Safety and stability: The U.S. State Department offers background notes or fact sheets on 200 countries providing information about the land, people, history, government, political conditions, economy and foreign relations.

Weather: Use worldclimate.com to get weather information on just about every significant city in the world.

Taxes: No matter what foreign country you decide to retire in, as long as you're a U.S. citizen you still have to pay U.S. taxes. For details see the IRS publication 54, "Tax Guide for U.S. Citizens and Resident Aliens Abroad."

Health care: Medicare does not cover retirees outside the U.S., so you'll need to contact theembassy or consulate of your destination country to see how you can be covered as a foreign resident. Many countries provide government-sponsored health care that's inexpensive, accessible and just as good as what you get in the states, or you may want to buy a policy. Outfits like the Association of Americans Resident OverseasApril Medibroker and Bupa Internationaloffer or broker affordable health plans.

Social Security: This is the one area you don't need to worry about. You can receive your monthly Social Security benefits almost anywhere you live around the world. Your benefits can be deposited into your bank account either in the U.S. or in your new home country - there are some exceptions. To learn more, see ssa.gov/pubs/10137.pdf.

Test run: Once you settle on a destination, be sure you visit multiple times during different seasons to see whether you can envision yourself living there and not just exploring the place as a tourist. If you like what you see but aren't sure where to live, rent before you buy to be certain you're happy with your choice.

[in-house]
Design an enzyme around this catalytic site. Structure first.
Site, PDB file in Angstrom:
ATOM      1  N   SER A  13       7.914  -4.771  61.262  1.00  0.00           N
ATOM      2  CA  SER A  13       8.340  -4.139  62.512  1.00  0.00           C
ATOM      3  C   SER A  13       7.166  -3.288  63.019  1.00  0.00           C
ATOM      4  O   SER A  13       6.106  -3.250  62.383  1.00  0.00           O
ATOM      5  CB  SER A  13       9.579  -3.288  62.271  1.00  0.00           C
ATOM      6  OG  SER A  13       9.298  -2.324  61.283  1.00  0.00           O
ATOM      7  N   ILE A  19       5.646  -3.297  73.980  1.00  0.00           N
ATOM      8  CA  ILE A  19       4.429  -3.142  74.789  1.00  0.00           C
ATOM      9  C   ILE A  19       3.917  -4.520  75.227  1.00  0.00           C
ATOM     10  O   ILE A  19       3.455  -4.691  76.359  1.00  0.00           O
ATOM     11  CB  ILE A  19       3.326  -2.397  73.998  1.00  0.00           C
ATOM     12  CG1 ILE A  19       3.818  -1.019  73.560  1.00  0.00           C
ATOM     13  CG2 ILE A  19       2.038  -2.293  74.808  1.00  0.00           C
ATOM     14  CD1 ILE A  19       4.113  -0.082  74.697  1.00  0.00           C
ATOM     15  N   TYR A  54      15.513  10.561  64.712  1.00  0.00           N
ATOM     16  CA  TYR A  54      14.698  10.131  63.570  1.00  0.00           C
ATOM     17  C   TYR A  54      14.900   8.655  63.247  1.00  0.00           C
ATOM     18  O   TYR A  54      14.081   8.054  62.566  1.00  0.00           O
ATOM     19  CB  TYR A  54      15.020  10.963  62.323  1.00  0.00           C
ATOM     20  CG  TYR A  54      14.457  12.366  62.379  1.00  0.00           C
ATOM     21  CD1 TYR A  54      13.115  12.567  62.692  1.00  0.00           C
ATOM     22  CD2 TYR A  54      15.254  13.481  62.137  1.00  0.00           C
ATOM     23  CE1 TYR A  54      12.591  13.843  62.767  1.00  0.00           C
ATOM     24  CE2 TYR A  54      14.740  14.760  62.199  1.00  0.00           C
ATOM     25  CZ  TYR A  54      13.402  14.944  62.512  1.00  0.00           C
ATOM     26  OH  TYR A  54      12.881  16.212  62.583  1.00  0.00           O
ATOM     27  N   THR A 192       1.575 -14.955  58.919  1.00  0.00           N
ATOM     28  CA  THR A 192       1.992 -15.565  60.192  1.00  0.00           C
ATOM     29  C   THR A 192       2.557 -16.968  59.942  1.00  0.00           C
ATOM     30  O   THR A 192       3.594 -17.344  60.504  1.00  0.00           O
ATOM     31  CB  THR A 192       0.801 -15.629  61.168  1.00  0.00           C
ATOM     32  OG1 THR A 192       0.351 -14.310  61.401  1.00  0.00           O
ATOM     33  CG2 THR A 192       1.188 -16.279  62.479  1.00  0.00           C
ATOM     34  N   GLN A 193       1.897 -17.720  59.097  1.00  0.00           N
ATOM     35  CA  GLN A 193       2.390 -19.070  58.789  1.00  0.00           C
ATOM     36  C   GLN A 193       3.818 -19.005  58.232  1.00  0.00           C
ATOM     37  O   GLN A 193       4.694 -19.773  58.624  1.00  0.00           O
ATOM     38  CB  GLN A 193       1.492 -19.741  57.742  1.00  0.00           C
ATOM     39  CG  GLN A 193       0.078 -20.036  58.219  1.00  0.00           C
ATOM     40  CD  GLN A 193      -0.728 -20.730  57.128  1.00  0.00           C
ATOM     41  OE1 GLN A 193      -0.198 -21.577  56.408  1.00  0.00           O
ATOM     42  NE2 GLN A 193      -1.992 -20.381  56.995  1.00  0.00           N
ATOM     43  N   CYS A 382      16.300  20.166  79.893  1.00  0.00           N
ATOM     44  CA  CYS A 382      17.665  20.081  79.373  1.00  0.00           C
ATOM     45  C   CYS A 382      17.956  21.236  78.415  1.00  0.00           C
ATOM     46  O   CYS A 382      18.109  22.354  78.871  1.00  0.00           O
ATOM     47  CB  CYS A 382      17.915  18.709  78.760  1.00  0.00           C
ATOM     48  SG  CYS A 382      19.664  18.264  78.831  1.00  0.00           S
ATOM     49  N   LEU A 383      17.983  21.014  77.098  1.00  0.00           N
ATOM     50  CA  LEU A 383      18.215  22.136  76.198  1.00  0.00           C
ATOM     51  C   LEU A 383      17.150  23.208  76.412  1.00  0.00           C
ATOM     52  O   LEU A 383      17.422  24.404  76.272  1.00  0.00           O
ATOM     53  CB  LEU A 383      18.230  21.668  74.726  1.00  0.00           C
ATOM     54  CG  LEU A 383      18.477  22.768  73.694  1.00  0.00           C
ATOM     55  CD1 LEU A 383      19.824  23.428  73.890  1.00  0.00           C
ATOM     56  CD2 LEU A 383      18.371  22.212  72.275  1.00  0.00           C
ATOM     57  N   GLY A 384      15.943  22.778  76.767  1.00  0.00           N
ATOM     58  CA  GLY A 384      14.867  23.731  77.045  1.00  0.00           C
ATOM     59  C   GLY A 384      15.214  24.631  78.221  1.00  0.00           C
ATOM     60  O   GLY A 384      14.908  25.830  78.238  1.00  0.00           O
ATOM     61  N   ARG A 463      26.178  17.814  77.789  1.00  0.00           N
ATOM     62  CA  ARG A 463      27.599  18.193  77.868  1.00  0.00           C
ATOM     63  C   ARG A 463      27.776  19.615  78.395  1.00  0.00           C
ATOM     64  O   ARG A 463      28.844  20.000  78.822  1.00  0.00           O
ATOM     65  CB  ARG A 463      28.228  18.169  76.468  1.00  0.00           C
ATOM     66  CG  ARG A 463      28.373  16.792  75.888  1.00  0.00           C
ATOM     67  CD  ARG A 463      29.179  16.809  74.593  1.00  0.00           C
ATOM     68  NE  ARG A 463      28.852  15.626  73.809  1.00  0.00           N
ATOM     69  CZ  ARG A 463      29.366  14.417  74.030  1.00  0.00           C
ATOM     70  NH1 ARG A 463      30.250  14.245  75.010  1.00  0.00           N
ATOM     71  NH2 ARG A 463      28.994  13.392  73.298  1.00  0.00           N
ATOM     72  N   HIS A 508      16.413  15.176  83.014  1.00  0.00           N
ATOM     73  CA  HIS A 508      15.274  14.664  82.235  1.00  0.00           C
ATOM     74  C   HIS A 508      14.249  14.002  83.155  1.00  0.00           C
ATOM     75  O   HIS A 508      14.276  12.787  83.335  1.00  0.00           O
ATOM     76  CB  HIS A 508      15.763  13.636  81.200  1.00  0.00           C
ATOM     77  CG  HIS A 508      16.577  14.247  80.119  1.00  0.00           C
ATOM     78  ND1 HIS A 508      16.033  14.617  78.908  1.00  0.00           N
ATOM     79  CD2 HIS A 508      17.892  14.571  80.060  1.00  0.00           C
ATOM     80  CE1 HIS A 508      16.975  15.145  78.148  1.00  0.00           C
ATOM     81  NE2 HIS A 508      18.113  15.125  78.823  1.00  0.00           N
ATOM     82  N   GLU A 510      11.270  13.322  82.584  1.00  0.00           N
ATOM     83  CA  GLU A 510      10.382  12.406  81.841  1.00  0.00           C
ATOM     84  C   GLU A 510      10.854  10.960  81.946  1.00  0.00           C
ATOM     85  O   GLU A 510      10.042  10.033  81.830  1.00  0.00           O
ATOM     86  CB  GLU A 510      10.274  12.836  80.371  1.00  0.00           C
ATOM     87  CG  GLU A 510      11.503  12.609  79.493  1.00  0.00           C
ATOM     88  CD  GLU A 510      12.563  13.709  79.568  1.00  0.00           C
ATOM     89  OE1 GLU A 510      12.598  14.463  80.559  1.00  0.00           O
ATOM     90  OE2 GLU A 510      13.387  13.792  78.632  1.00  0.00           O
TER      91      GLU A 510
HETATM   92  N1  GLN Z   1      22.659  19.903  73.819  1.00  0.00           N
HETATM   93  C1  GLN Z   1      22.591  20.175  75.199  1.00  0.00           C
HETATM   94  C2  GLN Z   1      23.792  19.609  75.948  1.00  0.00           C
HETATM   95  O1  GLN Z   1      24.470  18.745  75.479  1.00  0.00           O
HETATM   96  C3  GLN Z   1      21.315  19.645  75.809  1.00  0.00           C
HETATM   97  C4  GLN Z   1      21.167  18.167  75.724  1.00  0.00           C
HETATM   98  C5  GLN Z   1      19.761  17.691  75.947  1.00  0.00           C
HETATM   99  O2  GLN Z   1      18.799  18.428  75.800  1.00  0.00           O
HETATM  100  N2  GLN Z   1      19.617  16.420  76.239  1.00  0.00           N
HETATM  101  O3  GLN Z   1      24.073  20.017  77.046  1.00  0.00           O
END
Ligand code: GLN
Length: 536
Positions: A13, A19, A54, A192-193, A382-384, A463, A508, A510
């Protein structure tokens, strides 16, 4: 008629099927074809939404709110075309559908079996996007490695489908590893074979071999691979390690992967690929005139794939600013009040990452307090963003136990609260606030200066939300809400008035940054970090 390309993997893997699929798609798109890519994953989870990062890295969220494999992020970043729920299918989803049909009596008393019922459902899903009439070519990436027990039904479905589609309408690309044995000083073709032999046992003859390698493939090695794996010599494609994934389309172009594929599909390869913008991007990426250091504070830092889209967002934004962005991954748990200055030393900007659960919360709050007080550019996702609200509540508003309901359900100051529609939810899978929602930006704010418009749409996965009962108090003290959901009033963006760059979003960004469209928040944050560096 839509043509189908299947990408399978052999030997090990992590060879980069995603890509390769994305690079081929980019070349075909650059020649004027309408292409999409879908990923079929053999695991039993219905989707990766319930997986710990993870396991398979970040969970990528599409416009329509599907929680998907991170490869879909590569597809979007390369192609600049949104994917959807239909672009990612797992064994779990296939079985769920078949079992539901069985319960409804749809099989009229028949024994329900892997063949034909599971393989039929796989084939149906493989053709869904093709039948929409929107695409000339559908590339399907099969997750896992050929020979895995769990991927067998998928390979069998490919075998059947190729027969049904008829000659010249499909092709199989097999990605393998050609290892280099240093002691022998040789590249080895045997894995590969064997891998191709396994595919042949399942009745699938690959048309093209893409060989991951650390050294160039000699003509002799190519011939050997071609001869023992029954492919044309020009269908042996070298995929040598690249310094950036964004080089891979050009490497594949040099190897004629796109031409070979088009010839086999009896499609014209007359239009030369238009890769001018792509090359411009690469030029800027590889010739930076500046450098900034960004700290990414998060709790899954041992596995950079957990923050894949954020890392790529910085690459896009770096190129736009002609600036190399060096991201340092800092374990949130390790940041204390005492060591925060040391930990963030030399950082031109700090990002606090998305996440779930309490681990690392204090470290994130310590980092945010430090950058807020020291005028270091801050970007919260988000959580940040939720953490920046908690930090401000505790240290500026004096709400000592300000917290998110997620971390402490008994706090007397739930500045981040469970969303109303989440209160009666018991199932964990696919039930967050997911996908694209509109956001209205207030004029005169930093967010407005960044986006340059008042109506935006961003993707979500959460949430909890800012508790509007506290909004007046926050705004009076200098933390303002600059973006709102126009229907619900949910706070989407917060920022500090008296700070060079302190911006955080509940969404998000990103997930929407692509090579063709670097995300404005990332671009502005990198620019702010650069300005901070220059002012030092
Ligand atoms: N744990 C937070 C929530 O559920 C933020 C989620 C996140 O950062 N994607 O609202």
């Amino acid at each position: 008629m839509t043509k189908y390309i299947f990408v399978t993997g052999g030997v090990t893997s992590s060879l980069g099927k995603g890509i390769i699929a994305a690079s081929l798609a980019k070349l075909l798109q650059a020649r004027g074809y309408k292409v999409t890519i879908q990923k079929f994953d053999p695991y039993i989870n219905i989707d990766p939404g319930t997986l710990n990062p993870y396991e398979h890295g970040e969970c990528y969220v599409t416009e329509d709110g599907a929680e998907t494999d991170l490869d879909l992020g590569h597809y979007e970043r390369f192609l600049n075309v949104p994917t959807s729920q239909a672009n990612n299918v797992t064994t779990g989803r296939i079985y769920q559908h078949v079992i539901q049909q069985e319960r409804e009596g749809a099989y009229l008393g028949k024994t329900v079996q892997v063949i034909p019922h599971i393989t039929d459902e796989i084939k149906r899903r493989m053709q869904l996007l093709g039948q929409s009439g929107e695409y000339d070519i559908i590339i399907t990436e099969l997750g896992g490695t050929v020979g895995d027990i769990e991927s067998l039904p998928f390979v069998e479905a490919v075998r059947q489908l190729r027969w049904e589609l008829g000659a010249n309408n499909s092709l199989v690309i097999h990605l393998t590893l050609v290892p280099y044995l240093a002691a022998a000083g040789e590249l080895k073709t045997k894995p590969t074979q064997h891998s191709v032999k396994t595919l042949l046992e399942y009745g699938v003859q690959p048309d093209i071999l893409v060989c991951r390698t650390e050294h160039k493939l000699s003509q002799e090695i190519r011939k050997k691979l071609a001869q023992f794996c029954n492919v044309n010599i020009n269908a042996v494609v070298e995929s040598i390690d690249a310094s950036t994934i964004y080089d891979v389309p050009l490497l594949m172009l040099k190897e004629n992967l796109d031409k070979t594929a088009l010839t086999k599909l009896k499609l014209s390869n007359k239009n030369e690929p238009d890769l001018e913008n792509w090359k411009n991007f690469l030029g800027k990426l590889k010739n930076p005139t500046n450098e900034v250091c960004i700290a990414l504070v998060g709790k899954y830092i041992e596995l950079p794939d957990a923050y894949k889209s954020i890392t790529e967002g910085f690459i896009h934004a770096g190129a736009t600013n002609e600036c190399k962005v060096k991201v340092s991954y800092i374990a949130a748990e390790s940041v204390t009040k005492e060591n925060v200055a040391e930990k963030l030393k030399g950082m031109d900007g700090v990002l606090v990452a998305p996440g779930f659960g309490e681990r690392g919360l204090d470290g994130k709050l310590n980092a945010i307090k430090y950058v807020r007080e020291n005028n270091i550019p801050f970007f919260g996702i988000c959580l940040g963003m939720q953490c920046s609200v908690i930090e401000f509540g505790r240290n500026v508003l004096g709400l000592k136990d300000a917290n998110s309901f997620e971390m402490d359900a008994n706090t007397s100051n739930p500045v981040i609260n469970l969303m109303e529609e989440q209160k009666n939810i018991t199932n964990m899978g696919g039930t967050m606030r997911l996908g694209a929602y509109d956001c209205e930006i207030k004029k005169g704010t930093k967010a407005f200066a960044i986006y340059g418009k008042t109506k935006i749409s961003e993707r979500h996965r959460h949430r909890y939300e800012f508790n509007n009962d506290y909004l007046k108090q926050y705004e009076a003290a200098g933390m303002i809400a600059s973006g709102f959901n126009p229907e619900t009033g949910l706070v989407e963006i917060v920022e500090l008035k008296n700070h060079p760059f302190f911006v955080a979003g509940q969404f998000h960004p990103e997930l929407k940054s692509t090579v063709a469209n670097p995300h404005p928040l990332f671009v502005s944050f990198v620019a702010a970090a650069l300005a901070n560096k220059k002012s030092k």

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Le Marche Among The Top Regions For Retirement In Italy

Le Marche Among The Top Regions For Retirement In Italy | Le Marche Properties and Accommodation | Scoop.it

Italy has 20 regions and a wide range of climates from Alpine to hot and sunny. Each offers a wealth of amenities and activities, regional food and wine, even dialects. Speaking of which, if you decide to settle in Italy, you will need to learn at least some Italian to be comfortable...

Le Marche. This mountainous region of hill towns, farms and Adriatic Sea beaches is in central Italy. According to the AARP, renting a home in La Marche can run anywhere from $600 in the countryside to $1500 a month to live on the 100 miles of Adriatic coastline. Looking to buy? You might be able to find a home for approximately $300,000 on or close to the water, in a town like Senigallia or Potenza Picena – or in one of the medieval towns that dot the hilly, green countryside, such as Fermo.
The port city of Ancona is the region’s capital. If you settle there, you will find some six metro buses, plus taxi companies to  help you get around. Some say this is the next “hot” area for expats given its affordability. [...]

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8 Factors To Consider Before Relocating In Retirement

8 Factors To Consider Before Relocating In Retirement | Le Marche Properties and Accommodation | Scoop.it

Retirement can be a time to sit back and settle into a place you already know well. With your newfound free time you can better enjoy the already familiar surroundings of your neighborhood. Retirement gives you an opportunity to really savor what you have, and appreciate all of the little things that you might have taken for granted. If you have all you want in your current location, what could be better?